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Introduction

“From 2005 UK listed companies must use IFRS for their consolidated statements” (Nobes and Parker, 2006, p.103). Therefore all companies listed in the UK, and whose financial statement date commences after this date, are required under European Union law to prepare consolidated financial statements upon the provisions of the international accounting standards. Among these standards is IFRS[1] 1, which will therefore also be applicable. IFRS determines that in the first year of reporting, a organisations complying with these regulations must include within their financial statements previous years figures compiled using the IFRS system for comparative purposes.

Following such major changes, it is important to understand the reasoning behind the EU’s adoption of these standards; the critical objectives of IFRS and to evaluate how their use has impacted upon the financial statements of a company in comparison with previous methods of reporting.

EU Adoption of international accounting standards

Historically, the member states of the European Union has been subjected to many different political and market structures, including those that prevailed in fledgling states that were formerly part of communist bloc of the Soviet Union. As Nobes and Parker’s (2006) earlier publications (1980 and 1998) have shown over the years, this has resulted in differing reporting classes of nations, between those who are driven by business or state and who have weak or strong equity markets.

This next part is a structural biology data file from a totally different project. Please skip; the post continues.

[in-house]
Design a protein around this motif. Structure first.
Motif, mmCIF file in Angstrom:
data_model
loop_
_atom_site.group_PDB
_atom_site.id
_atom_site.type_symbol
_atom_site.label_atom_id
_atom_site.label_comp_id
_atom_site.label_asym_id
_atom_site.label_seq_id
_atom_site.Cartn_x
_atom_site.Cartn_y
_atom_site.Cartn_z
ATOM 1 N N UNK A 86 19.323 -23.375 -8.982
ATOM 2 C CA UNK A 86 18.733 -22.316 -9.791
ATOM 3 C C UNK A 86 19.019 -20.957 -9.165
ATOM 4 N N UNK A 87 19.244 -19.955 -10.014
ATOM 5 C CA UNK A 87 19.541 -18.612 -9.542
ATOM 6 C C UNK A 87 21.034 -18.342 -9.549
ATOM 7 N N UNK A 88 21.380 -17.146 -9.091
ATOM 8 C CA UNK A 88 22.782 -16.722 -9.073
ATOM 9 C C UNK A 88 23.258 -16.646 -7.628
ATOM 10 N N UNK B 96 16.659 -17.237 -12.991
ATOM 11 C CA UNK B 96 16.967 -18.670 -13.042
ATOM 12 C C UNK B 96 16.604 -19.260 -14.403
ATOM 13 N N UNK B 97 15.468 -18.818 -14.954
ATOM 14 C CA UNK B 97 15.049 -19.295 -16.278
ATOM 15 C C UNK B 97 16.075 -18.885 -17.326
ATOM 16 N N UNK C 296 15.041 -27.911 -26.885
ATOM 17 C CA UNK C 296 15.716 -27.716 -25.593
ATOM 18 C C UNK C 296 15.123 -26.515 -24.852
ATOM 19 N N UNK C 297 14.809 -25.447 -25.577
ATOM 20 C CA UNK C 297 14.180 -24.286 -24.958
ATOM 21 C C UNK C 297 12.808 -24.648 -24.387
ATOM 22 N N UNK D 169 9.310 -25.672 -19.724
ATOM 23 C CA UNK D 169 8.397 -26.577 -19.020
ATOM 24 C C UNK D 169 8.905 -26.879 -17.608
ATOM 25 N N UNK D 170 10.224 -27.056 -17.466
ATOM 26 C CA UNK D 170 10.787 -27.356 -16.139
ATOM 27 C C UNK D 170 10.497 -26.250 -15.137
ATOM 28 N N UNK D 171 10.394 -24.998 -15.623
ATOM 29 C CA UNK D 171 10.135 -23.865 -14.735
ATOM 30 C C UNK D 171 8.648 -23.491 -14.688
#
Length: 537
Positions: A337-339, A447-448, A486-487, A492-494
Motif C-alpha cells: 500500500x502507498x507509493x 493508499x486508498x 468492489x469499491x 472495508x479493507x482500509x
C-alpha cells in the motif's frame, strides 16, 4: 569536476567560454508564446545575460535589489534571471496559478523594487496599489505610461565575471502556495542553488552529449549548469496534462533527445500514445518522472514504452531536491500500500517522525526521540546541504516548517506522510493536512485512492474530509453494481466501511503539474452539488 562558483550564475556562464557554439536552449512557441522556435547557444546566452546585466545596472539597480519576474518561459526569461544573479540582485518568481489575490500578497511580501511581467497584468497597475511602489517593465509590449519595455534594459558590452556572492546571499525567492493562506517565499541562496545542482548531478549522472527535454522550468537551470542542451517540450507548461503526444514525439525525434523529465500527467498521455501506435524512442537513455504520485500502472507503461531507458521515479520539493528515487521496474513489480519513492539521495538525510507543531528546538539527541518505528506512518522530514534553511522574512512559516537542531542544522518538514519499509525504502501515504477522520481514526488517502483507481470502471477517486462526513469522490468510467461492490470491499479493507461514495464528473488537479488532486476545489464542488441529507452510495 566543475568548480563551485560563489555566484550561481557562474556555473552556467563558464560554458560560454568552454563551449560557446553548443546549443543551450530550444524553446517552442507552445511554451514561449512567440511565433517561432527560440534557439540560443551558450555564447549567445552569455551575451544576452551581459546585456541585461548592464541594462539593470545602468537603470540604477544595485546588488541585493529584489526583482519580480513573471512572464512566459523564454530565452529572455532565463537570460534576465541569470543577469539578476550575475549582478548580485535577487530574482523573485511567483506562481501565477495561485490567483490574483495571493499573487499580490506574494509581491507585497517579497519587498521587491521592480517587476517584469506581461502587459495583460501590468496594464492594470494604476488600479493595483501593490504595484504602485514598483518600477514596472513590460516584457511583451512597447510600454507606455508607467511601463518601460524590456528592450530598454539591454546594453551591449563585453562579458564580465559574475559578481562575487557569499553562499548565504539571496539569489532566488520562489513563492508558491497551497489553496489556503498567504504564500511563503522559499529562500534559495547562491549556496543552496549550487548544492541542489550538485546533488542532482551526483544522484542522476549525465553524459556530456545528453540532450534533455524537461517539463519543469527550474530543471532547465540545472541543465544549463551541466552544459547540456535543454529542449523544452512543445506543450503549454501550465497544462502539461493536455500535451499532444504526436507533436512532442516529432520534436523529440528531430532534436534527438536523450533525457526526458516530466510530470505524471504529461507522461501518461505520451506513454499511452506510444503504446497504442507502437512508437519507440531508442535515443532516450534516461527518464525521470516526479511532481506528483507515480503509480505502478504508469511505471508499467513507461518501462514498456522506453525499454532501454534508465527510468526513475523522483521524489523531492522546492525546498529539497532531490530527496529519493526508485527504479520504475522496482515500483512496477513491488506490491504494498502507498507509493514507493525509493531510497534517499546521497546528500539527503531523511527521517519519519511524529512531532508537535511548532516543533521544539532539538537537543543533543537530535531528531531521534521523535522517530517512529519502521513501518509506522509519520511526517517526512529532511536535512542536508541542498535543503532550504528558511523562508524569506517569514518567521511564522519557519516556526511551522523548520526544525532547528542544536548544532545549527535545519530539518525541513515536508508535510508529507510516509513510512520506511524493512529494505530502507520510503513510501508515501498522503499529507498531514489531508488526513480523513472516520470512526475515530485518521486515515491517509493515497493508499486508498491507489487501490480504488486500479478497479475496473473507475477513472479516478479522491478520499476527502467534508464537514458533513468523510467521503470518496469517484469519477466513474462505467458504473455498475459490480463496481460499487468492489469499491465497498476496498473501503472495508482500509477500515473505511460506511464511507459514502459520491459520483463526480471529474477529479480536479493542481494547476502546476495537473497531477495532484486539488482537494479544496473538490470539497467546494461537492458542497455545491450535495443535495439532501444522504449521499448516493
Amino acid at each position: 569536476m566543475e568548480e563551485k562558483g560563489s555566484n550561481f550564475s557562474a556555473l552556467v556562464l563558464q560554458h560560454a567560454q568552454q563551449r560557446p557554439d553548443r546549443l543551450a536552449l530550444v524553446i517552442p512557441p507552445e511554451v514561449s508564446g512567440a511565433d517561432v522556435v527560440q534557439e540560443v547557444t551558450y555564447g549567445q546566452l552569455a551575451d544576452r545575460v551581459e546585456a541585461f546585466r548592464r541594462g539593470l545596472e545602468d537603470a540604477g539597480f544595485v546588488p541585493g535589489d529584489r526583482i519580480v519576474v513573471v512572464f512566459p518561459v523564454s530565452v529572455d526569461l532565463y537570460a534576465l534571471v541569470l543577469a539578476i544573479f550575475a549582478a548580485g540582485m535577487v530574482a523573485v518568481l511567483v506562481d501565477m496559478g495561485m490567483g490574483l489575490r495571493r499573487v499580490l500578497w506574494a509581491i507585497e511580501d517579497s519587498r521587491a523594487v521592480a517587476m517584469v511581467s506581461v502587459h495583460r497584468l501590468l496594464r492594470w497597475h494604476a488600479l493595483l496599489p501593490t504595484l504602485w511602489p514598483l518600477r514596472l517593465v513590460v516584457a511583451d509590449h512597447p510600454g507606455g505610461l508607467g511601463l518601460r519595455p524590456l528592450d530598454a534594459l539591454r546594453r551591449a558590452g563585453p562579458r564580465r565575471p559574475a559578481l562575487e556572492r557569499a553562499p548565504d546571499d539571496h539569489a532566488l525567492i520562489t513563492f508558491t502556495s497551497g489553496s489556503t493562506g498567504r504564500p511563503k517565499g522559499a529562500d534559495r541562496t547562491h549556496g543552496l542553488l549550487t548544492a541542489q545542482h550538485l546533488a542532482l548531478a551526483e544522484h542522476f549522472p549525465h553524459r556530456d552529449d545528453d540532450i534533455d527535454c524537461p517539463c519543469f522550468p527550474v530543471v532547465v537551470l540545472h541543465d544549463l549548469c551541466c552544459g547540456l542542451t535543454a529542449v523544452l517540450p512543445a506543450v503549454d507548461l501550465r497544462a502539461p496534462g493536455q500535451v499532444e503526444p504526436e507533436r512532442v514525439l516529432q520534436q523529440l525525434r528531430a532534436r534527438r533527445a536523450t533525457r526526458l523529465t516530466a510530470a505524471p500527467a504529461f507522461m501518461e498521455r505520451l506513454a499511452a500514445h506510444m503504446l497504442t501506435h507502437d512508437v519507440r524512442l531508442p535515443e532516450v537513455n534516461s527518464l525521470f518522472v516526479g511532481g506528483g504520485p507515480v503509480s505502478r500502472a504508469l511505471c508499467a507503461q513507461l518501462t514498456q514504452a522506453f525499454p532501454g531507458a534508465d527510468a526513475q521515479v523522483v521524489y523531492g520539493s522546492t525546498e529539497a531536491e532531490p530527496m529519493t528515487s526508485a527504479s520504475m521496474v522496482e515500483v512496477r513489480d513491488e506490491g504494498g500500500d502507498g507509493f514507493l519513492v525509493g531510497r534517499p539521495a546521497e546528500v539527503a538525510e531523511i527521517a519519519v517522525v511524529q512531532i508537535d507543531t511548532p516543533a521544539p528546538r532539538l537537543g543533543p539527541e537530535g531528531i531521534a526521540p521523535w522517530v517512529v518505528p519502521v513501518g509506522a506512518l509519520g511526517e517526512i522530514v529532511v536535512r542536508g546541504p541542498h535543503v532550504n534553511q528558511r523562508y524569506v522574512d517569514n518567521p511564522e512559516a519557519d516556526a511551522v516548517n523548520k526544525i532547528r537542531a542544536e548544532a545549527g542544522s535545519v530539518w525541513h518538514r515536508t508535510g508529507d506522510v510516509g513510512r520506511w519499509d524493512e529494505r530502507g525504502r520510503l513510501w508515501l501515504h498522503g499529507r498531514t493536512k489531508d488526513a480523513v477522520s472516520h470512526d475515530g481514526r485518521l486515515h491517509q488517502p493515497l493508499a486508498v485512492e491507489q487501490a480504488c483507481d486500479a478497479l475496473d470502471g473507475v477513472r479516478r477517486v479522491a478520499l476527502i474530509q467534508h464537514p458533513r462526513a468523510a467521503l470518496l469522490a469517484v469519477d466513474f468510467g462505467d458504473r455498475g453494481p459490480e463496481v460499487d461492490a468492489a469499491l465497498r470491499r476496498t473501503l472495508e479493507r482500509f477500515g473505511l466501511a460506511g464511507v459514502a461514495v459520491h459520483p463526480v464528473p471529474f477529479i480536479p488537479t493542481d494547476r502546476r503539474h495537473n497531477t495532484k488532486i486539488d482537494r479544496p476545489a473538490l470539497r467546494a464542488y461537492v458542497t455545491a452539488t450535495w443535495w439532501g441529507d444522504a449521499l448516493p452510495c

This diversity of national reporting standards has previously led to difficulties in terms of the international flow of capital because of the problems that arise in understanding the complexities of financial statements prepared under numerous national standards (Blake and Amat 1993). At this time, the EU was reluctant to accept IFRS, being concerned with the dominant of the US, and preferred to attempt harmonisation through raising its own legislation. However, when these failed to address the problem, the EU changed its stance and became a vigorous supporter for change (Nobel and Parker, 2005, p.105), within the single market.

There are several benefits to aligning reporting standards in EU member states with the IFRS, which has already been adopted internationally by a number of other countries, including the US. Primarily, within the EU itself, it will considerably reduce the problems of cross border trade between countries with differing standards, thereby making trade more secure. Secondly, it will facilitate increased free-flow of capital between nations (Armstrong et.al. 2002) and thirdly, it will make the Union as a trading bloc more competitive on the international stage.

Despite adopting most of the IFRS standards in 2002 (Mirza et.al. 2006, p.1), there were still some which it was reluctant to accept. Similarly, there were areas where reporting differences between member states still existed, as identified by Ann Tarca (2002) and, more recently, by Nobes and Parker (2006, p.19). However, the EU adopt